Tony Rudd

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The architect of BRM’s Formula One glory days in the 1960s has died, aged 80. Under Tony Rudd’s direction, the Bourne-based team won the drivers’ and constructors’ titles in 1962.

Upon leaving school, Rudd started an apprenticeship with Rolls-Royce and was soon heavily involved in the company’s war effort. One of his duties was studying the defects and failures of the Merlin engine. That experience made him well suited to motor racing as the sport re-emerged after WWII and he was snapped up by BRM shortly after its disastrous debut at Silverstone in 1950. Rudd would remain with it for nearly two decades, and his quiet approach and engineering excellence were central to the team’s transition from national embarrassment to grand prix winner.

Initially, Rudd worked with Peter Berthon on the recalcitrant V16 and his reworked Mk2 engine produced some success in the mid-50s, notably in British Formula Libre races. But it was grand prix success that the team’s owner Sir Alfred Owen wanted, and Rudd’s P25 design was a major step forward. Not only was he central to the design of the car and its 2.5-litre 4-cylinder engine, he also showed considerable prowess at its wheel during early testing. Finally, in the 1959 Dutch GP at Zandvoort, Jo Bonnier’s P25 delivered BRM’s first major victory.

Another fallow period ensued, and Sir Alfred issued a chilling edict: win in 1962 or be disbanded.

Although reluctant to progress at Berthon’s expense, Rudd was by now team manager and chief engineer. The pressure was on. And he wasn’t found wanting.

Under his leadership, the team flourished and his P57 design took Graham Hill to four GP wins in 1962. As he had with Jean Behra in the late 1950s, Rudd developed a strong relationship with Hill, despite them being wary of each other initially.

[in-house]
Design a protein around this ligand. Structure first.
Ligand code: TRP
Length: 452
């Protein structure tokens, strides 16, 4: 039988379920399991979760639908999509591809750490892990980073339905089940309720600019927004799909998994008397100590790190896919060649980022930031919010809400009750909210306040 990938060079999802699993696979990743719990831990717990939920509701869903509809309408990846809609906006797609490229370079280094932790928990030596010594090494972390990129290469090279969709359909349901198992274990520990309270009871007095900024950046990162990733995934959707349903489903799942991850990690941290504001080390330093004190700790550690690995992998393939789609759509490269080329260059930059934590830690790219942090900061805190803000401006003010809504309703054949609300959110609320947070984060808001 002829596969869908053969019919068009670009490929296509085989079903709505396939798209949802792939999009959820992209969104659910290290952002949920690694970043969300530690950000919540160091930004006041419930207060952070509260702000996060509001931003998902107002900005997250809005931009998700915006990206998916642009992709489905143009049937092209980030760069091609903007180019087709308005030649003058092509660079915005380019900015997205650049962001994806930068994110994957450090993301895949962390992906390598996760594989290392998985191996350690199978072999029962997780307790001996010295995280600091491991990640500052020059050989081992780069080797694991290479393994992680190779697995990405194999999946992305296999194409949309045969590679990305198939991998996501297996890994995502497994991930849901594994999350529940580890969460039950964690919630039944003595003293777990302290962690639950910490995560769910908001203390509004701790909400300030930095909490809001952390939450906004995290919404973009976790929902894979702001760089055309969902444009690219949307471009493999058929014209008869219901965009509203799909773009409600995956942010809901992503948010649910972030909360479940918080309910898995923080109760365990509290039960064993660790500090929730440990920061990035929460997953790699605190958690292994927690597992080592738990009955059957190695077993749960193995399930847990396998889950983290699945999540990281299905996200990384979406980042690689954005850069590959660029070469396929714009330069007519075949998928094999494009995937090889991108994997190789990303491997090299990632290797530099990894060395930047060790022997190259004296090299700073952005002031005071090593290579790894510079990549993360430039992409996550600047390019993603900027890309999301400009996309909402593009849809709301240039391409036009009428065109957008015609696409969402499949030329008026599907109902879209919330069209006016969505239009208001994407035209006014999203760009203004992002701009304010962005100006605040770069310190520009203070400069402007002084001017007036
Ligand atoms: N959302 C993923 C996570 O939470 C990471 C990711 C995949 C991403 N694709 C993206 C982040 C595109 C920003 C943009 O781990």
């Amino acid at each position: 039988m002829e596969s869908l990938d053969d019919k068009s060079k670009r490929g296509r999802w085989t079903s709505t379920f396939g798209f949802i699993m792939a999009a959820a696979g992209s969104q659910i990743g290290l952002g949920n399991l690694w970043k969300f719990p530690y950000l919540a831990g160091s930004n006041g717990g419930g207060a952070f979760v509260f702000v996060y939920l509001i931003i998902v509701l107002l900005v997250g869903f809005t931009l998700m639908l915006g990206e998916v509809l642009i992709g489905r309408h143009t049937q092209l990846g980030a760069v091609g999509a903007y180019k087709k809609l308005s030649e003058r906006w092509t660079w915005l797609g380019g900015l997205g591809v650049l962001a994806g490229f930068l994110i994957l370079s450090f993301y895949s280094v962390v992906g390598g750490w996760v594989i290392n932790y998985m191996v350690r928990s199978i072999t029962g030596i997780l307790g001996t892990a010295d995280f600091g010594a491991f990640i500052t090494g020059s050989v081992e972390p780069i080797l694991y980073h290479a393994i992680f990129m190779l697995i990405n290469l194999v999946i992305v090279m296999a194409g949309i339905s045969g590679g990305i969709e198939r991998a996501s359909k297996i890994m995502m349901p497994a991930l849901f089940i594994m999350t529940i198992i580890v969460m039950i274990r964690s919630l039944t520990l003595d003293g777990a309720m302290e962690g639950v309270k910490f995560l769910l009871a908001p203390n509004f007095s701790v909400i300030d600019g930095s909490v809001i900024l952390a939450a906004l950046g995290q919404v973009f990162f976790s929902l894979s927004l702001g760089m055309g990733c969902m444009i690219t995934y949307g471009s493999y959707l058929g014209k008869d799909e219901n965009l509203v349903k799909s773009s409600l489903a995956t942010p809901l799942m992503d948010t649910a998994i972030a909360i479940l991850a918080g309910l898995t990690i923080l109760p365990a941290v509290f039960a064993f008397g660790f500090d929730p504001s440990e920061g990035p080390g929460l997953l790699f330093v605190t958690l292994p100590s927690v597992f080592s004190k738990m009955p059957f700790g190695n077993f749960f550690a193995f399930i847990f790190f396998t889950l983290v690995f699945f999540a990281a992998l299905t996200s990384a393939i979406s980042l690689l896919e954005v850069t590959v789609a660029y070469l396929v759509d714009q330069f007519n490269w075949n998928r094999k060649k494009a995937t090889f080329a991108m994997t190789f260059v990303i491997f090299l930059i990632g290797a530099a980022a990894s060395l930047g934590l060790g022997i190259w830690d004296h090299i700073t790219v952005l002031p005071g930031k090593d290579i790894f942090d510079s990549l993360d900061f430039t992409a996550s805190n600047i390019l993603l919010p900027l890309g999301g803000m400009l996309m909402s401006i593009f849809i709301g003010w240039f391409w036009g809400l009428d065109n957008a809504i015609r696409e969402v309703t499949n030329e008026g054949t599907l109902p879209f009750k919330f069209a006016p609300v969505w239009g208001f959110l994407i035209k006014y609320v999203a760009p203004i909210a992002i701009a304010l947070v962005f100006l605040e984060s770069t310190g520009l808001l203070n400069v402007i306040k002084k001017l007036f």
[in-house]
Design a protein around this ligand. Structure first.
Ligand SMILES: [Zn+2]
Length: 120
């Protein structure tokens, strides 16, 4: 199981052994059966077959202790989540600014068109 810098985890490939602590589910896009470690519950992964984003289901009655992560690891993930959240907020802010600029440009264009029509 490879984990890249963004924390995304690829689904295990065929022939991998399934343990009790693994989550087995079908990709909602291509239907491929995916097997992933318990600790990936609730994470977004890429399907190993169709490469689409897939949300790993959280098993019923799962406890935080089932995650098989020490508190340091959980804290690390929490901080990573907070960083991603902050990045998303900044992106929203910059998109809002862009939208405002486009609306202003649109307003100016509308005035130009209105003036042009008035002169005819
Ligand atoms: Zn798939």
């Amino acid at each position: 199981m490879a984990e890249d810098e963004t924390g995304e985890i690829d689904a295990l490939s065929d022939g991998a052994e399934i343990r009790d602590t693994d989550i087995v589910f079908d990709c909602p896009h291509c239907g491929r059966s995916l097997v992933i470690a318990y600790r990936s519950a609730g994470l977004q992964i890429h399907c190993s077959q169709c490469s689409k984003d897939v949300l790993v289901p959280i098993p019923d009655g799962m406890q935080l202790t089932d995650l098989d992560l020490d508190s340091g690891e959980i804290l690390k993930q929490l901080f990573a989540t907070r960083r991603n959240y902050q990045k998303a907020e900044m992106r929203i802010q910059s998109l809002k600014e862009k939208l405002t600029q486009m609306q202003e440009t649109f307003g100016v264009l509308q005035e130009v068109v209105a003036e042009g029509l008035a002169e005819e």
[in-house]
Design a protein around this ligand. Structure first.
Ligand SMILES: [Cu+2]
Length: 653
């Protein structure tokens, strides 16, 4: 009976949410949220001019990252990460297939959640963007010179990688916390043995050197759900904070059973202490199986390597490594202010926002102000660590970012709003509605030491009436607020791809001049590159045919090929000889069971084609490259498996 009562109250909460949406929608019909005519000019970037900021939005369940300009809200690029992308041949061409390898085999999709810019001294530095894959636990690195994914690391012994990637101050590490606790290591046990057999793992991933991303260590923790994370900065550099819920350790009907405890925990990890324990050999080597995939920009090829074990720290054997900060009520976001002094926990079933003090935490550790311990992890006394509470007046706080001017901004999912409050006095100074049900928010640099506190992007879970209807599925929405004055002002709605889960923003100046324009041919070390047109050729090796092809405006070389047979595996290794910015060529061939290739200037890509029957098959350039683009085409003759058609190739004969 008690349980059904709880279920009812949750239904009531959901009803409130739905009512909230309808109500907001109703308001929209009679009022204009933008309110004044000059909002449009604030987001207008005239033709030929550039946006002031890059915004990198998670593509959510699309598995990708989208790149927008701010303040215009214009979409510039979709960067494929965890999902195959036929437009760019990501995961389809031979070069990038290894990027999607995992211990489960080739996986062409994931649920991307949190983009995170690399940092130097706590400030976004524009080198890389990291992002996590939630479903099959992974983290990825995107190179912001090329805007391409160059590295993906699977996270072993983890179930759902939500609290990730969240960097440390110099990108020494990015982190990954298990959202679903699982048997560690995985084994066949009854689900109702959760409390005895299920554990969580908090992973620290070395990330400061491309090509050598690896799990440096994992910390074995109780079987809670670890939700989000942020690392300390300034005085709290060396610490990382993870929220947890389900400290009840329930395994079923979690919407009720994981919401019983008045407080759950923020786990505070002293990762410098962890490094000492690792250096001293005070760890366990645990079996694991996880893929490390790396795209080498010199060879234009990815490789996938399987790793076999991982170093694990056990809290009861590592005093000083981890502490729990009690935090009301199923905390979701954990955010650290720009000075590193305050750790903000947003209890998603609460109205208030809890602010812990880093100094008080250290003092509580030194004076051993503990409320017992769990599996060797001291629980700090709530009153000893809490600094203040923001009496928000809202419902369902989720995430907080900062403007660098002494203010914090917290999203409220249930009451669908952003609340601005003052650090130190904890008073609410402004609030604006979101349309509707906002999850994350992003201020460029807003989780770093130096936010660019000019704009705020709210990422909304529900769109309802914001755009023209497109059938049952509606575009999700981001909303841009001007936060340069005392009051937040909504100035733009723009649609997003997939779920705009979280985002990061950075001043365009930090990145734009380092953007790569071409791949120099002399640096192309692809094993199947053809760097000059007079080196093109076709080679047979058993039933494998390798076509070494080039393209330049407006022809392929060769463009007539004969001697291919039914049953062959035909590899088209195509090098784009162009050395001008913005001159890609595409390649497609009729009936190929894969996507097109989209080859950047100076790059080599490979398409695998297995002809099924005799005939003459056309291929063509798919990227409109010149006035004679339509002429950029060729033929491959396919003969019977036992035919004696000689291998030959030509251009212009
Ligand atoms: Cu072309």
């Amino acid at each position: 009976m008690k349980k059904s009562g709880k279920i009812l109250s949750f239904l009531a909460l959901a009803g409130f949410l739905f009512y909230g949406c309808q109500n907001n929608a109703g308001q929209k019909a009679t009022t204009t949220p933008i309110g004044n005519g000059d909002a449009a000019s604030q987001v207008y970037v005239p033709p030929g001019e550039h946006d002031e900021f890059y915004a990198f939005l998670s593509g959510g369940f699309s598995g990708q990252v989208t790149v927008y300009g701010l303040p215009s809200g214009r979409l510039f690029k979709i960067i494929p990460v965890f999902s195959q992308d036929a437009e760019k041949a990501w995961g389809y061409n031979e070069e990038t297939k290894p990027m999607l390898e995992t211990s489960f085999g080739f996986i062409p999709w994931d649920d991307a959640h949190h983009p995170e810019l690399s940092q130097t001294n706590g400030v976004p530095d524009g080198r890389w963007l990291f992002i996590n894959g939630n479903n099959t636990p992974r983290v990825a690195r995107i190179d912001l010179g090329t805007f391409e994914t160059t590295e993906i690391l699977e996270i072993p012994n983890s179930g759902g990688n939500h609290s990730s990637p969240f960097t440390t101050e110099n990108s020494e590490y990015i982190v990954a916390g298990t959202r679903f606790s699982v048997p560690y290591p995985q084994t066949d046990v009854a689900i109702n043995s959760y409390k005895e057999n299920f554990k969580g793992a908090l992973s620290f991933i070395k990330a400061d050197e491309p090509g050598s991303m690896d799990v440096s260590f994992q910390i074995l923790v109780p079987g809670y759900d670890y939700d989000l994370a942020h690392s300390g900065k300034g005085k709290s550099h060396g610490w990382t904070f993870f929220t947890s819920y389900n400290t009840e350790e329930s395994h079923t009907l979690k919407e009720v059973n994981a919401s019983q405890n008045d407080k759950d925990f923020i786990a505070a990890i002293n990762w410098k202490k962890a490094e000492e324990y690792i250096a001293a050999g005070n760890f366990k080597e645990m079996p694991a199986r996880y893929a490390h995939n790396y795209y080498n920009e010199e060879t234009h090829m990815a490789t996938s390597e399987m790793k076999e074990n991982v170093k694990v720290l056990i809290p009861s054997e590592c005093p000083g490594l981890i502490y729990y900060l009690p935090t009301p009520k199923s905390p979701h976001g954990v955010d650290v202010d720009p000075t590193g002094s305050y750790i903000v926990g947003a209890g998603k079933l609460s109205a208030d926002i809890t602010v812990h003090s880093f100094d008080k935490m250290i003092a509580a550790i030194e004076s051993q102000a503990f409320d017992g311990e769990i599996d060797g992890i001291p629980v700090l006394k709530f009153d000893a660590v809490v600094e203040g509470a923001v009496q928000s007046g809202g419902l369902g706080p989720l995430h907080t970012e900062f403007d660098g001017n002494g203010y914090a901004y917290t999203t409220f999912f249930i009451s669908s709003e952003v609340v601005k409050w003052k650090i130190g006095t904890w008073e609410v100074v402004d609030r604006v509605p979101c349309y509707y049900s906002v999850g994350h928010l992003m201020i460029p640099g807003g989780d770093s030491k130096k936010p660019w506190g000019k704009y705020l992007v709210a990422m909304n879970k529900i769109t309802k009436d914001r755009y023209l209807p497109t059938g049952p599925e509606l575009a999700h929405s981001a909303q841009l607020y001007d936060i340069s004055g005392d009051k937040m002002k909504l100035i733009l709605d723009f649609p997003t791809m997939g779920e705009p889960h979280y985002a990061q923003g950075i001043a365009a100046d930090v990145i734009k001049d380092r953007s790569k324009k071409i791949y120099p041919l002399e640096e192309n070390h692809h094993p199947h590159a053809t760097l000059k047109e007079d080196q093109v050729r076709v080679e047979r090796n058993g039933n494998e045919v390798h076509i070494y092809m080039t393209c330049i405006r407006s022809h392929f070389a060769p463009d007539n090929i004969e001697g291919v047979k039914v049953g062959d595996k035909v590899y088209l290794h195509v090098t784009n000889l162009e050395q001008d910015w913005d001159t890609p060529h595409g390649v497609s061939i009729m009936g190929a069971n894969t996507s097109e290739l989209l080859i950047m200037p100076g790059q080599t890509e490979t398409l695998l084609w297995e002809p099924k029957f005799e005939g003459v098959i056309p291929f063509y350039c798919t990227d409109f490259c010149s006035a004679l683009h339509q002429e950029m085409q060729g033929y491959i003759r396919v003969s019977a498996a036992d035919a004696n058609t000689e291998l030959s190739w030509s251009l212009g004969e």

Second place in the constructors’ table for the three following seasons firmly established BRM as a major power. But the move to the 3-litre F1 in 1966 proved to be its — and Rudd’s — undoing. His H16 engine was simply too complex and unreliable. It took just one win — and that was in the back of a Lotus.

Rudd stayed put until 1969 — then began a second successful career as the technical director at… Lotus! For two decades he built up Lotus Engineering as a major research supplier for car manufacturers and helped steer the F1 team to four constructors’ titles.

He is survived by his wife Pamela and three daughters. PL

Stewart on Rudd

“In 1964, when I was driving for Ken Tyrrell in F3, Tony Rudd and Raymond Mays approached me during the French GP. Colin Chapman had made overtures, as had Cooper, but BRM was the first F1 team to make a full-on approach. I was flattered because they were very strong at the time, and I decided to go with them.

“Tony was a practical, no-nonsense man, whom I felt comfortable with and knew I could rely on. He was not a dictator in the way that Ken could sometimes be, but he earned the respect of the team by the way he went about his business. He was a very sound engineer who could turn his hand to engines and chassis.

“His way of standing back caused him some problems. At Monza in 1965, I won my first grand prix after my team-mate Graham Hill made a mistake on the last lap. I have since read that Tony was worried because we were racing each other so hard. But we weren’t cutting each other up; in those days you were constantly passing and repassing at Monza. And we had not been given any team orders; Ken would have laid the law down. But Tony — and Graham — handled what could have been a difficult situation brilliantly. I was the quick new guy and it could have been awkward – the team could have sided with its long-serving number one. But there was never any aggravation and I always felt I was dealt with in exactly the same way as Graham. I never felt he was looking to get the best kit — and a lot of that was down to Tony. Even when my situation at BRM got difficult with the H16, which was Tony’s project, there was never a cross word between us.”